Jackvony turns earnest ear to client, user challenges

EASY LISTENER: Randall Jackvony, right, principal of technology and client services for business technology consulting firm Trilix Inc., assesses his clients’ needs with a lot of listening and an open mind. / PBN PHOTO/RUPERT WHITELEY
EASY LISTENER: Randall Jackvony, right, principal of technology and client services for business technology consulting firm Trilix Inc., assesses his clients’ needs with a lot of listening and an open mind. / PBN PHOTO/RUPERT WHITELEY

CHIEF INFORMATION/TECHNOLOGY OFFICER, SMALL PRIVATE COMPANY | Randall Jackvony, Trilix Inc.


Randall Jackvony, principal of technology and client services for business technology consulting firm Trilix Inc., remembers his lightbulb moment. It came after a constituent’s phone call about trash delivery when he served on the Cranston City Council.

“An elderly woman called to talk about the trash bins being left in the road. At the end of the call she said, ‘Thank you for your help, I appreciate it,’ ” Jackvony explained. “I hadn’t done anything yet, but I realized it’s about giving people a chance to talk about things. For us, as consultants, it’s about hearing the real story.”

Jackvony leads technology and client services for the 11-person firm in Cranston that launched last May. Trilix was able to hit the ground running thanks to its staff of senior-level leaders, many of whom have worked with each other previously. They began with a plan focused on workplace excellence and customer success. They also liked working with each other.

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“I was working at another company when Randy called me to meet,” said Lead Architect Scott Cornell. “As soon as I knew he was looking to fill a position, I already made up my mind to join. There are not many former managers I would say I could do that with.”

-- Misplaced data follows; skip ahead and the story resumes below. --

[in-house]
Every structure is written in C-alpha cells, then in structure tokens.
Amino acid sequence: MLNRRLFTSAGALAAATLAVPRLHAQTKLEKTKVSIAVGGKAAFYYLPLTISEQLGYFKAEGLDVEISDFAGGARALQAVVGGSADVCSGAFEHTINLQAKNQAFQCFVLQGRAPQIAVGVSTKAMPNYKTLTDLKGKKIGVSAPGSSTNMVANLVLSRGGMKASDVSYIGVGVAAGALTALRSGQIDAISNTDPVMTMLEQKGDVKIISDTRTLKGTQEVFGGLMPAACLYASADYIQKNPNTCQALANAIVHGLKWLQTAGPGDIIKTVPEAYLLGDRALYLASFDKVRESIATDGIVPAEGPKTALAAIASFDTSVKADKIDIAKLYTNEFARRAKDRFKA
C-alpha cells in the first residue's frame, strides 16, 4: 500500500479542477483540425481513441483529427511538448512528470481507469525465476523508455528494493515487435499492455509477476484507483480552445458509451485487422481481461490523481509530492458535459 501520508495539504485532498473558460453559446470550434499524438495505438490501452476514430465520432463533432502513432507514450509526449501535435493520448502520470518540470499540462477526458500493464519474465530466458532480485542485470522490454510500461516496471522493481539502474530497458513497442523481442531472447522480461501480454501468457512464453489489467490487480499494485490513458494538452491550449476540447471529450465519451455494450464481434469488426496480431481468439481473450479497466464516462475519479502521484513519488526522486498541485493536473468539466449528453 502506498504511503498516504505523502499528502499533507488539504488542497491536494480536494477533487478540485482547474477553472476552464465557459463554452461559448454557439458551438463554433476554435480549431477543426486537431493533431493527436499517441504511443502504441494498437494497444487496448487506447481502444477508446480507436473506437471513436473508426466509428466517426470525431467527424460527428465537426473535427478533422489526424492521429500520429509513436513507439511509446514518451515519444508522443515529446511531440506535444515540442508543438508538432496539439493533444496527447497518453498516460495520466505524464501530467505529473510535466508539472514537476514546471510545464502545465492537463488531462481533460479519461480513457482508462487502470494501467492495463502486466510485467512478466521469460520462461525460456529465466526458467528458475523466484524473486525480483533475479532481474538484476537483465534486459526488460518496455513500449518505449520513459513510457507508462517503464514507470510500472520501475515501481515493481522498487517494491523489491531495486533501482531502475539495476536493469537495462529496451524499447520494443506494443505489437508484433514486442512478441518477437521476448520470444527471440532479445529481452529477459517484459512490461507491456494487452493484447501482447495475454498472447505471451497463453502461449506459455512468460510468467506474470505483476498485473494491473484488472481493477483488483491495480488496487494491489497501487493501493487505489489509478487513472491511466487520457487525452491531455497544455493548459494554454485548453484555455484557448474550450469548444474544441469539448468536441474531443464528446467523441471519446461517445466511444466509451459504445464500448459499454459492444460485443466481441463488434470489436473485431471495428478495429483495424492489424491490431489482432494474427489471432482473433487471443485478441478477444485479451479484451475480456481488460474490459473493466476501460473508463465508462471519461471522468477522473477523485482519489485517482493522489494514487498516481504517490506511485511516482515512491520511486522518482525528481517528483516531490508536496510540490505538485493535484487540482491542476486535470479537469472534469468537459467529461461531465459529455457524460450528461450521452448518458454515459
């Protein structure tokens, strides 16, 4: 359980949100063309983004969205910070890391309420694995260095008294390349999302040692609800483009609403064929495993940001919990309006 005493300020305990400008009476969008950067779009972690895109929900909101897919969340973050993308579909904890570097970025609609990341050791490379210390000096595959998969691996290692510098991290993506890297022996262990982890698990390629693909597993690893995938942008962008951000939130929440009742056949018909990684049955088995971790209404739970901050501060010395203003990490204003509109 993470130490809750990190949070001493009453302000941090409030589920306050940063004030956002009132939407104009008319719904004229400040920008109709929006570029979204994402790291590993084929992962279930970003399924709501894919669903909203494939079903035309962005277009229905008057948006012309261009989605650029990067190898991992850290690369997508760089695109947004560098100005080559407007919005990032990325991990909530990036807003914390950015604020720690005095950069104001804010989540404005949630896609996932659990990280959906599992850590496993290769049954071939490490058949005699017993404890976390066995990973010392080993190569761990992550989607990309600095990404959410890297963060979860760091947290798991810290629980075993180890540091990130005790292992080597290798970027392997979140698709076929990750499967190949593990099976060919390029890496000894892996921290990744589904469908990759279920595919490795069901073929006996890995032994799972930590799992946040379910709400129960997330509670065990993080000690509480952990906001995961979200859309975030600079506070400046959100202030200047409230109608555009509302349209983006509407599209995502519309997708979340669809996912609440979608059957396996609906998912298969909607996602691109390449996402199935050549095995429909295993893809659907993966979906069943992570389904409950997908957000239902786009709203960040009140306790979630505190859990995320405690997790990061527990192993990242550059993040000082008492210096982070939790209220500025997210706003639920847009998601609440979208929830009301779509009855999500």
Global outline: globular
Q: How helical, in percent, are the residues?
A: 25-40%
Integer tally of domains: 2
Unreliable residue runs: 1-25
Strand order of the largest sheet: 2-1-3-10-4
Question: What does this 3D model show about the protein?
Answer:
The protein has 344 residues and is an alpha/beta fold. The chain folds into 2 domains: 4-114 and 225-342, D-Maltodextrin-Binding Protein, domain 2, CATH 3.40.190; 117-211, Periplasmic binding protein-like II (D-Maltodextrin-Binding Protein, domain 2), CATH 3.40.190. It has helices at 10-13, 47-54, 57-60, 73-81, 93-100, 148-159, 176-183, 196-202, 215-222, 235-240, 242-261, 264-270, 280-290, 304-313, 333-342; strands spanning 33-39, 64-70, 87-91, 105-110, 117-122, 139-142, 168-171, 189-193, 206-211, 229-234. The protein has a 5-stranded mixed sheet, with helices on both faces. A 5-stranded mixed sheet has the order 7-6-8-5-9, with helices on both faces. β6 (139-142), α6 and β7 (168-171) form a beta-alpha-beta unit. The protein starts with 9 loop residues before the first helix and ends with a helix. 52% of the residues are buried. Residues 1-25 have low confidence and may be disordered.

Cornell said Jackvony has the ability to listen to both sides of the information technology world, customers and staff, and understand their needs.

“He does not bring his ego to the table and he respects people’s views and ideas,” Cornell explained.

“Sometimes we tech people can get caught up in the technology,” said Jackvony. “We need to see it as an accelerator for the business, not the reason someone does the job. … We need to get to the heart of the matter and ask, ‘What are we trying to achieve?’ ”

Still, once technology solutions are necessary, Jackvony and his team are eager to make progress. A certified scrum master, Jackvony leads project- and software-development meetings intent on beginning quickly and making adjustments along the way for changing circumstances, results and scale. Jackvony prefers scrum – a methodology that allows a team to self-organize and make changes quickly – as a way for all stakeholders to see progress, as well as have a hand in the development. The approach is distinct from previous methods where much of the time is spent planning without development, he said.

Jackvony visits clients’ sites and interacts with the people using the technology.

“You get to see what the process is, as opposed to how leaders say it’s supposed to work,” he explained. “Sometimes the floodgates open, and we can prioritize and help make change.”

In order to do that, Jackvony created a workplace-excellence matrix that outlines ways to help clients make those changes. Jackvony calls it a “culture of innovation,” and Trilix members practice what it preaches, even on the small things, such as creating a computer application to help monitor feeding of the firm’s two beta fish.

Jackvony initially studied history and education, then worked in a pharmacy before returning to school at Carnegie Mellon University for a master’s degree in information technology.

“I’m glad I went that path,” he said. “Getting that experience has lasted throughout my career.”

Jackvony, who served on a state curriculum review committee, said he understands the growing need for technology education. With that in mind, he and his Trilix colleagues mentor people looking to scale up in the tech industry or learn new skills to move them into new professional arenas.

“I find that the most rewarding thing is to change someone’s life for the better,” he said. The effort is not entirely altruistic. “An added benefit is, as we grow, it’s a source for finding talent that we have worked with before.”